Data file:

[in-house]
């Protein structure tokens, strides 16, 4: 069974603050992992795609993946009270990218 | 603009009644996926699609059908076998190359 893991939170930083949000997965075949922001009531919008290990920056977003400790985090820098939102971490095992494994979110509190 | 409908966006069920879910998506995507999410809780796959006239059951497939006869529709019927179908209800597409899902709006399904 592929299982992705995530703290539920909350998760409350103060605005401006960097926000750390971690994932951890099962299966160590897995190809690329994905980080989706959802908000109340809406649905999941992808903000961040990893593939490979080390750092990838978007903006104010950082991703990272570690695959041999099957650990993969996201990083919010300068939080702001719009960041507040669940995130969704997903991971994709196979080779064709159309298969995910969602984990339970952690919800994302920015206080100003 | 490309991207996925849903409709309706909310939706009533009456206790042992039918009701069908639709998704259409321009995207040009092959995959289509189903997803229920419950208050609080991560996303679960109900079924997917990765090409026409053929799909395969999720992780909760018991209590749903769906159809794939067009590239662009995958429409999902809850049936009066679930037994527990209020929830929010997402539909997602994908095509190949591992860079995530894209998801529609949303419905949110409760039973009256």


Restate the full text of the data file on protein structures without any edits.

[in-house]
């Protein structure tokens, strides 16, 4: 069974603050992992795609993946009270990218 | 603009009644996926699609059908076998190359 893991939170930083949000997965075949922001009531919008290990920056977003400790985090820098939102971490095992494994979110509190 | 409908966006069920879910998506995507999410809780796959006239059951497939006869529709019927179908209800597409899902709006399904 592929299982992705995530703290539920909350998760409350103060605005401006960097926000750390971690994932951890099962299966160590897995190809690329994905980080989706959802908000109340809406649905999941992808903000961040990893593939490979080390750092990838978007903006104010950082991703990272570690695959041999099957650990993969996201990083919010300068939080702001719009960041507040669940995130969704997903991971994709196979080779064709159309298969995910969602984990339970952690919800994302920015206080100003 | 490309991207996925849903409709309706909310939706009533009456206790042992039918009701069908639709998704259409321009995207040009092959995959289509189903997803229920419950208050609080991560996303679960109900079924997917990765090409026409053929799909395969999720992780909760018991209590749903769906159809794939067009590239662009995958429409999902809850049936009066679930037994527990209020929830929010997402539909997602994908095509190949591992860079995530894209998801529609949303419905949110409760039973009256």